It could be a long-term customer renewing for the fifth year of their contract, or it could be a new self-service purchase. There are an unlimited amount of individual cases like this that require comparison.

If you need to solve every possible customer case, you should (a) start drinking more coffee right now, (b) reconsider your goal, or (c) go on to unit-based normalization. If you’re like most people, you’ll need to develop a strategy based on what we call scenario-based normalization.

Scenario-based normalization is based on a Pareto principle adaptation: 80% of the knowledge required to inform our pricing comparison comes from 20% of the available situations.

What does this mean in practice? True, there are an infinite number of ways to compare pricing vs a peer. However, it is likely that you have some heuristics that characterize either the current or desired status of a given product. Consider the corporation that could sell its per-user, per-month product to 127 or 10,270 users. Natural case frameworks exist based on how your plans have been constructed. In our example, the 127-user scenario is most likely associated with “Plan XYZ, which is best for businesses of 50 to 250 employees.” You most certainly have data on your consumer makeup in that plan.

Maybe 75% of consumers have 1 to 100 users and are on a monthly plan or something. Consumption statistics that characterize your typical and/or desired consumer for a certain product and plan are most likely available.

Stop here and go acquire a SaaS analytics tool if you don’t have that data. If you don’t want to pay for that, ProfitWell is free and will provide you with all of the information you need. There are plenty more companies in the industry that offer excellent items.

Create three to five representative transaction scenarios based on those data that represent 80% (or more) of your potential consumers for a specific product and plan.

It could be somewhat more or less than three to five, but we’ve found that range to be successful for most of the businesses we work with. It’s also a good idea to create scenarios that define a typical small, medium, and large deal for a specific product and plan, so you can see how pricing scales with deal size for your product against your competitors. These scenarios would typically have the following elements:

● The size of the deal scenario (for example, units or users — whatever metrics define scope)

● Deal scenario’s terms

● Factors influencing client relationships (for example, new or renewing customers, customer size, industry vertical, geography)

● Other product scenarios to consider (for example, add-ons, multi-product purchases, and support)

Scenario-based normalization compares pricing strategies to competitors, allowing for competitor pricing projections depending on their strategy. This analysis determines whether the price strategy matches with the desired positioning and customer value, and may necessitate the use of public or nonpublic information, as well as internal and external data sources.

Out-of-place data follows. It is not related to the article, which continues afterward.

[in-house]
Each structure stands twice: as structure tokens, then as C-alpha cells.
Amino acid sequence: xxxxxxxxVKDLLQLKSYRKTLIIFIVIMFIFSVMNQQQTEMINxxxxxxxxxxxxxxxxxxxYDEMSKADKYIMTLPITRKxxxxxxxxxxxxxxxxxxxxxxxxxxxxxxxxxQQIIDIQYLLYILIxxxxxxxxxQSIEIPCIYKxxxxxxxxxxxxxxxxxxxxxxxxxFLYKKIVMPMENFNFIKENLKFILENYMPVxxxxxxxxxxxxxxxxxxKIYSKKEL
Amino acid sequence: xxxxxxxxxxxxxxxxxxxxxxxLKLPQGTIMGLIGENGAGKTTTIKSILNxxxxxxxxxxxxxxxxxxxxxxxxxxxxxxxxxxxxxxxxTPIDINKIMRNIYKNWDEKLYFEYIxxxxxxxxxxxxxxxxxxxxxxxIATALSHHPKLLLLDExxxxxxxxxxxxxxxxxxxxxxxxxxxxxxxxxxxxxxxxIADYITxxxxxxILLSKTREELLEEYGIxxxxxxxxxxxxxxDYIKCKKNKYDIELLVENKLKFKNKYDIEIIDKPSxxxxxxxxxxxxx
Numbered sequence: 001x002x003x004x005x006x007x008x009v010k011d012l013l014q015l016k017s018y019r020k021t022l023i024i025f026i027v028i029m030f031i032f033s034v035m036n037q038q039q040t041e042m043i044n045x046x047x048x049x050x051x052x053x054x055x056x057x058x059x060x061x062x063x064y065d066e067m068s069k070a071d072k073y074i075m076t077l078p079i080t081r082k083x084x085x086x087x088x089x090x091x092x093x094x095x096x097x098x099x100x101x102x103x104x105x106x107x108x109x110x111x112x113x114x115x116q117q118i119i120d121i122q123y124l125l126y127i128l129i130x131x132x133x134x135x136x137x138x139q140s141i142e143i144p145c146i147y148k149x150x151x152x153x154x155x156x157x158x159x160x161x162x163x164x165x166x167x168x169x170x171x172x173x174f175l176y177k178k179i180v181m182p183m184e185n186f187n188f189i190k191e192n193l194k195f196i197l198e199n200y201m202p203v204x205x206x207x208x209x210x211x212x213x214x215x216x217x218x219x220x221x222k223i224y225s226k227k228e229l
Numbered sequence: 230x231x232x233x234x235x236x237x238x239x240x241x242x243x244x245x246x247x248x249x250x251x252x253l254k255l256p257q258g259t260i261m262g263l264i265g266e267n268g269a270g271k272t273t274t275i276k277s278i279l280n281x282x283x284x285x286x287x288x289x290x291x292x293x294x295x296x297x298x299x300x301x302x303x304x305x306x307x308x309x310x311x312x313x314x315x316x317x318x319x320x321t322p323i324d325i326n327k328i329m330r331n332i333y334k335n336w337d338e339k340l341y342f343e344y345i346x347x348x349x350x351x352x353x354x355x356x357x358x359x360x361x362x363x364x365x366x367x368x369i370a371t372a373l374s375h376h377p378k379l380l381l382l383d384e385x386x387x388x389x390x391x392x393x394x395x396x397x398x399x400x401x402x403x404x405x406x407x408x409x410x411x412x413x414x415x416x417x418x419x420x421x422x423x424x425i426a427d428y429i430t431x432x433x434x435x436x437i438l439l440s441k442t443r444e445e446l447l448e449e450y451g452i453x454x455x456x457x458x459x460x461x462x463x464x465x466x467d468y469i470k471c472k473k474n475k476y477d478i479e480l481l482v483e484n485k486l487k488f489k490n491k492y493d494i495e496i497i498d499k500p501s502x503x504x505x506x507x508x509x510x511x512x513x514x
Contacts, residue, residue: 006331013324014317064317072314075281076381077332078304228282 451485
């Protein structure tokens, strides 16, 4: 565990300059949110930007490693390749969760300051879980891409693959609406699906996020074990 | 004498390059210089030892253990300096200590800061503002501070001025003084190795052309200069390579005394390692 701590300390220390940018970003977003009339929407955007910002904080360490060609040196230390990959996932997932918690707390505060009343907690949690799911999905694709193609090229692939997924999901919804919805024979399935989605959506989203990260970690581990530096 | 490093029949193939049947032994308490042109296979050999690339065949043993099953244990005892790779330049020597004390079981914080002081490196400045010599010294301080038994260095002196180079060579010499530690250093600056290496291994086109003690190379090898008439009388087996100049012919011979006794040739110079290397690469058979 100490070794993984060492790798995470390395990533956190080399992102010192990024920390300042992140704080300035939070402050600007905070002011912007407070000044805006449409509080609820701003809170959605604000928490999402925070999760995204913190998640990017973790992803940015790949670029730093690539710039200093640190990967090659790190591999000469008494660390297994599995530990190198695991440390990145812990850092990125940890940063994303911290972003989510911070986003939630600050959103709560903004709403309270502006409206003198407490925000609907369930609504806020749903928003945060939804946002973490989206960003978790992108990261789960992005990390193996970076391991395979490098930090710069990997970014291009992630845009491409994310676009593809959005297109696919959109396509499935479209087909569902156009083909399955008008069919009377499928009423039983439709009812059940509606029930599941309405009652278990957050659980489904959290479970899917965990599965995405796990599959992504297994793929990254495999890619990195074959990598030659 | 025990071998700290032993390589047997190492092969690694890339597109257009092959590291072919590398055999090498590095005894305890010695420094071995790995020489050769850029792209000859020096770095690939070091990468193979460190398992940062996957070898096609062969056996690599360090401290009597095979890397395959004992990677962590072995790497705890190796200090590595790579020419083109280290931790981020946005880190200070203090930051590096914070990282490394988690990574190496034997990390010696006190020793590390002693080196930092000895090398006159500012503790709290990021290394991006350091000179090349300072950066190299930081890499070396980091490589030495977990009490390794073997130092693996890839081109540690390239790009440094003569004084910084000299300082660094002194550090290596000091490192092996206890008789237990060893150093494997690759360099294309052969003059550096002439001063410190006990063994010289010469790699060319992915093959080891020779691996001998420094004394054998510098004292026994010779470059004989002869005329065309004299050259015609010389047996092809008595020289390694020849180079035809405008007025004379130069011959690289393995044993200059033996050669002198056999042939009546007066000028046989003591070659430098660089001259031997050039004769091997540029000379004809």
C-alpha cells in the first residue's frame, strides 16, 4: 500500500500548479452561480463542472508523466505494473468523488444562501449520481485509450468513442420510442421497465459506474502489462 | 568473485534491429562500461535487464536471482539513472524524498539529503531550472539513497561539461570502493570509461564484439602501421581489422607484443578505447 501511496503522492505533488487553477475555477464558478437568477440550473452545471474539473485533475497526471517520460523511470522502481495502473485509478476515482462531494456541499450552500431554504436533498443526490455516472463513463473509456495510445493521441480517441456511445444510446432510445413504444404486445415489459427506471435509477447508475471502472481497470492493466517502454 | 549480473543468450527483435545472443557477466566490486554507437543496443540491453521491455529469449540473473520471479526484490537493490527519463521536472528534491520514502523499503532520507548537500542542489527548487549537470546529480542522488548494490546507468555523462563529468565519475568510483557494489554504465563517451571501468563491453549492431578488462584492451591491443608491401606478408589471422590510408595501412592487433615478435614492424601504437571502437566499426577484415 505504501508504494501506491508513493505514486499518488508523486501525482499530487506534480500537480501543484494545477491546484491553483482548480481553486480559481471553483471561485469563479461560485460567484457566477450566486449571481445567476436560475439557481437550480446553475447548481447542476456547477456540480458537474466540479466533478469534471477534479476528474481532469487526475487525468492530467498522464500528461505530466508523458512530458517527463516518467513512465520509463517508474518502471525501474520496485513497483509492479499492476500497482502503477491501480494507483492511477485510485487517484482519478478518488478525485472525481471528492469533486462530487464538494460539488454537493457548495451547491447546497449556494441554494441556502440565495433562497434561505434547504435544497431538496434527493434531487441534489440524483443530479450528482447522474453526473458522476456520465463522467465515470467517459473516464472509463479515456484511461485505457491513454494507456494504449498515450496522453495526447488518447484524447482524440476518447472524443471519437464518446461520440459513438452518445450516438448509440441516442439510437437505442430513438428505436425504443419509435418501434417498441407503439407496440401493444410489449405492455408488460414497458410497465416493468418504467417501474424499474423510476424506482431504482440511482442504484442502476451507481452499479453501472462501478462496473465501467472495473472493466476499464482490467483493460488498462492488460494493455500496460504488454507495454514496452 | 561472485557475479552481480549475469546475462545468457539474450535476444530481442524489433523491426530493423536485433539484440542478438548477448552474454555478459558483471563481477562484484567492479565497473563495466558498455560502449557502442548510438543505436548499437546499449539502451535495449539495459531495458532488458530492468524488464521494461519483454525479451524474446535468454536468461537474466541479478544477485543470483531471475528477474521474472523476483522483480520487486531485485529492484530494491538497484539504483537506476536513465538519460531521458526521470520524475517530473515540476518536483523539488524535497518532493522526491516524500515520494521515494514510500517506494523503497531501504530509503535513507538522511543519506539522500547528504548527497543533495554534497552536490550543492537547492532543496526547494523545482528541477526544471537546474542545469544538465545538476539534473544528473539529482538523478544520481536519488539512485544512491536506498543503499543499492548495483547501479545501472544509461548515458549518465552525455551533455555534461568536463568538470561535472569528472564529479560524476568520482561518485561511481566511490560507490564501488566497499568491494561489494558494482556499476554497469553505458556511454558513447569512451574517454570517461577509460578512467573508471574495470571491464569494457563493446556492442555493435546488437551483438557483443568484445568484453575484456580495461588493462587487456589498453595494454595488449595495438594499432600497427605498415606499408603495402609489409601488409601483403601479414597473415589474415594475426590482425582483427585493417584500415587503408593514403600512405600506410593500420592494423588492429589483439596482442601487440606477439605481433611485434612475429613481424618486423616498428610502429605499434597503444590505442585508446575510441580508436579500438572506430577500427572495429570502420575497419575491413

The goal is not to benchmark every case, but rather to comprehend how pricing scales for various sorts of shared customers. This analysis might aid in determining what modifications or extra research are required for a more effective pricing strategy.

Unit-Based Normalization

A unit-based normalization is an approach that entails establishing unit-level comparisons of the comparative price that may be used in any deal scenario or setting. It is useful for developing competitive price calculators and other related applications. There are two methods for standardizing a vendor’s unit pricing: (1) normalize to the value metric of your product, or (2) normalize to the value metric of your competition.

The latter is useful for understanding a competitor’s unit economics. If Competitor A sells a monthly ice cream sundae subscription service with three tiers of monthly flat-fee subscription, normalizing to the unit level reveals that the pricing is $10 a pint or $4 per topping.

These unit-level price statistics might be used to assess how pricing would scale in various scenarios and how volume considerations might reduce unit pricing.

The more valuable implementation of unit-based pricing for most use cases is to normalize competitive pricing to your product’s major value indicator, allowing you to compare pricing directly to your competition. Unit-based normalization is simple if competitors price using the same model as you or use a different model but have the same value metric.

However, if the competitor’s product usage is not defined by “application tests,” starting with a scenario-based normalization technique may be preferable. Another approach is to normalize your product’s pricing to the value metric of your competition, or both. The most profitable option in your SaaS price comparison is the one that suits your business needs and demands.